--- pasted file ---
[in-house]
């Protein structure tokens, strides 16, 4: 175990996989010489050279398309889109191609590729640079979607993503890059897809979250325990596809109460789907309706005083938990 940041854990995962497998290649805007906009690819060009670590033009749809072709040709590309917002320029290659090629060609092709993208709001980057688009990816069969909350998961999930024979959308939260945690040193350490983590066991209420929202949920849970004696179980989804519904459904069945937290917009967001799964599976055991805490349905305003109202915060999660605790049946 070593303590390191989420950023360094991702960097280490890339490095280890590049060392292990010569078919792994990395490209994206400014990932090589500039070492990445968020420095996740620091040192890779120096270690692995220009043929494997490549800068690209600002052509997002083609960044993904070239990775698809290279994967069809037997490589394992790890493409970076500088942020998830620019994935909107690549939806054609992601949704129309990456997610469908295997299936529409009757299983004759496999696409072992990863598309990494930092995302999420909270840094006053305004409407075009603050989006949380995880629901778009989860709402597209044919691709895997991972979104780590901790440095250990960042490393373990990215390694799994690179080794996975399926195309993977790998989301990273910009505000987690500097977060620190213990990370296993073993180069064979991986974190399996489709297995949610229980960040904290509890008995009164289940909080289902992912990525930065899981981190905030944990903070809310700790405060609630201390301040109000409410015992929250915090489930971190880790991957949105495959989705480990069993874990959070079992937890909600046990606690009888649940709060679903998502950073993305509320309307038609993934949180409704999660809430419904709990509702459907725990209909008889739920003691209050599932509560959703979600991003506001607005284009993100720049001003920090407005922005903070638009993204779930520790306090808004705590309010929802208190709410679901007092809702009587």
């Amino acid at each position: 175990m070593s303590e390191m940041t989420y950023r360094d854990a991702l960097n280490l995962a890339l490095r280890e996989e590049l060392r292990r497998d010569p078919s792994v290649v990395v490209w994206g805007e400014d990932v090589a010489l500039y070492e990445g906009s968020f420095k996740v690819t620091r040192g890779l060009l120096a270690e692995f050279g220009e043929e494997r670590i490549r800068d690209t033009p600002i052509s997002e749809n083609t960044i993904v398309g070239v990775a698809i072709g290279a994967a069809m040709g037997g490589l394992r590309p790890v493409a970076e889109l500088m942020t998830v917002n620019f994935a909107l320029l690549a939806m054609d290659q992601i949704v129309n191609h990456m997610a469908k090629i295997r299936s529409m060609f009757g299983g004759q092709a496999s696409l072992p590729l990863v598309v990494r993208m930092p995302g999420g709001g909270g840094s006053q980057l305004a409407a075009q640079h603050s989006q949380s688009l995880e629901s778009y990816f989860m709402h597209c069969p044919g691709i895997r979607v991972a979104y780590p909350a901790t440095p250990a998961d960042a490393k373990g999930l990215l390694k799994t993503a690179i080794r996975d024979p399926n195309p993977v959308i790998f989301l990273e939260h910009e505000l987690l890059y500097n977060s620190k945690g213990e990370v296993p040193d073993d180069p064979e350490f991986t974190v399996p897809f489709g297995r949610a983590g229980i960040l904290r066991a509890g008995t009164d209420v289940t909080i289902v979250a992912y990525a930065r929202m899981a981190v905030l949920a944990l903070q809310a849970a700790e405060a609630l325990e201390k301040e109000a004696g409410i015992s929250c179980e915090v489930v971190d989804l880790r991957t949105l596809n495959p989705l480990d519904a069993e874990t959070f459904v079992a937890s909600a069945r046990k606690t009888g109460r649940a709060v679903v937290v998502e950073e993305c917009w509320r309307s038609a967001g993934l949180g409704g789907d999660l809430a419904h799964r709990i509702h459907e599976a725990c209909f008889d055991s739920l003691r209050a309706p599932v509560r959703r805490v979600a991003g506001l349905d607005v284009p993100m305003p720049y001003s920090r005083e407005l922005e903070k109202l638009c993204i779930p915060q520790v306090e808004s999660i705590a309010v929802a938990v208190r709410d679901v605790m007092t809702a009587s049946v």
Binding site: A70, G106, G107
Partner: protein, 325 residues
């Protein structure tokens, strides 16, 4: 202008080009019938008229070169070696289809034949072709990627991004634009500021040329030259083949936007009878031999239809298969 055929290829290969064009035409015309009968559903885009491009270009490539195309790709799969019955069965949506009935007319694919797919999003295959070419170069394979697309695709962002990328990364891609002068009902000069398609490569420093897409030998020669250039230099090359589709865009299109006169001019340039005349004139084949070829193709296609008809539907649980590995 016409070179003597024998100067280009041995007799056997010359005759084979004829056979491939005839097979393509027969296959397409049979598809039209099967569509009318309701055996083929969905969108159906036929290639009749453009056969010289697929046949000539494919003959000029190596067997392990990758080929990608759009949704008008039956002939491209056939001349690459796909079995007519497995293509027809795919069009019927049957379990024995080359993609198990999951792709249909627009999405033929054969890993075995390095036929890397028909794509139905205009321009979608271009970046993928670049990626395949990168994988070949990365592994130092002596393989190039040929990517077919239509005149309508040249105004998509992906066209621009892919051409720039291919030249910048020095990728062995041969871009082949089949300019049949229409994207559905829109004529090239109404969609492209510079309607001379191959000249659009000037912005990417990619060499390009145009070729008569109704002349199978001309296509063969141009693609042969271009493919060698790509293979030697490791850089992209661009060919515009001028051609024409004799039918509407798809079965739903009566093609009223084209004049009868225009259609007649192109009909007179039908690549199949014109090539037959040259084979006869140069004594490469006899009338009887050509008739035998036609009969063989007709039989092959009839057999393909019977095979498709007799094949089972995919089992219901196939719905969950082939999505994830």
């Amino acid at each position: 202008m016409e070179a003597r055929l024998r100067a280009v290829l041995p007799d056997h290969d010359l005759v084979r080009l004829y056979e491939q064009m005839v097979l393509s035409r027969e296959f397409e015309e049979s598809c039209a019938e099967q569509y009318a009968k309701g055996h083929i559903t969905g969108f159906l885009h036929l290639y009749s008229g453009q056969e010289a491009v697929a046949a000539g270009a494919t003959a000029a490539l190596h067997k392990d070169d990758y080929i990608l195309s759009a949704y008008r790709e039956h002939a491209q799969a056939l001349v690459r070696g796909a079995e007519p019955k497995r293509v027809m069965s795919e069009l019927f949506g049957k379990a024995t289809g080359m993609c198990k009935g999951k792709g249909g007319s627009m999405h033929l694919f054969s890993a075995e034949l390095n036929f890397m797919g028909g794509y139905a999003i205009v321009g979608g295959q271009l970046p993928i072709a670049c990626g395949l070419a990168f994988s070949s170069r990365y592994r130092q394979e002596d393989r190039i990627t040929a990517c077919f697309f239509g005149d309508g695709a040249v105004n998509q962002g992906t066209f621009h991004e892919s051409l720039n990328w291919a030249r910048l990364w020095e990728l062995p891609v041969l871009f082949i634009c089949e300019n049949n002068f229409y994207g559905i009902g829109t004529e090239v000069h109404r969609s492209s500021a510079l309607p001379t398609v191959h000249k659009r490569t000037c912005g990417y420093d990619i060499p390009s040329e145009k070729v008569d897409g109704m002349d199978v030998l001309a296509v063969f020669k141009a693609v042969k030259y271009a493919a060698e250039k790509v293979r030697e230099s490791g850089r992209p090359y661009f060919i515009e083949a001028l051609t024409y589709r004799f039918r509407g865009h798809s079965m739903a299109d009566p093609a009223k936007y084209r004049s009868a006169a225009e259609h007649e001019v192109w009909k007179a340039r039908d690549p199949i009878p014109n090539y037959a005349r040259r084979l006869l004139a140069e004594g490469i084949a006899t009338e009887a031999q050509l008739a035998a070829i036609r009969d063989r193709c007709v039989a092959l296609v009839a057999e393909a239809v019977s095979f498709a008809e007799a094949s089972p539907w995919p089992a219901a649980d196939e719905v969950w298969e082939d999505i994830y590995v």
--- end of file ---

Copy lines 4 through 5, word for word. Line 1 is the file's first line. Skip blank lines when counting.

Binding site: A70, G106, G107
Partner: protein, 325 residues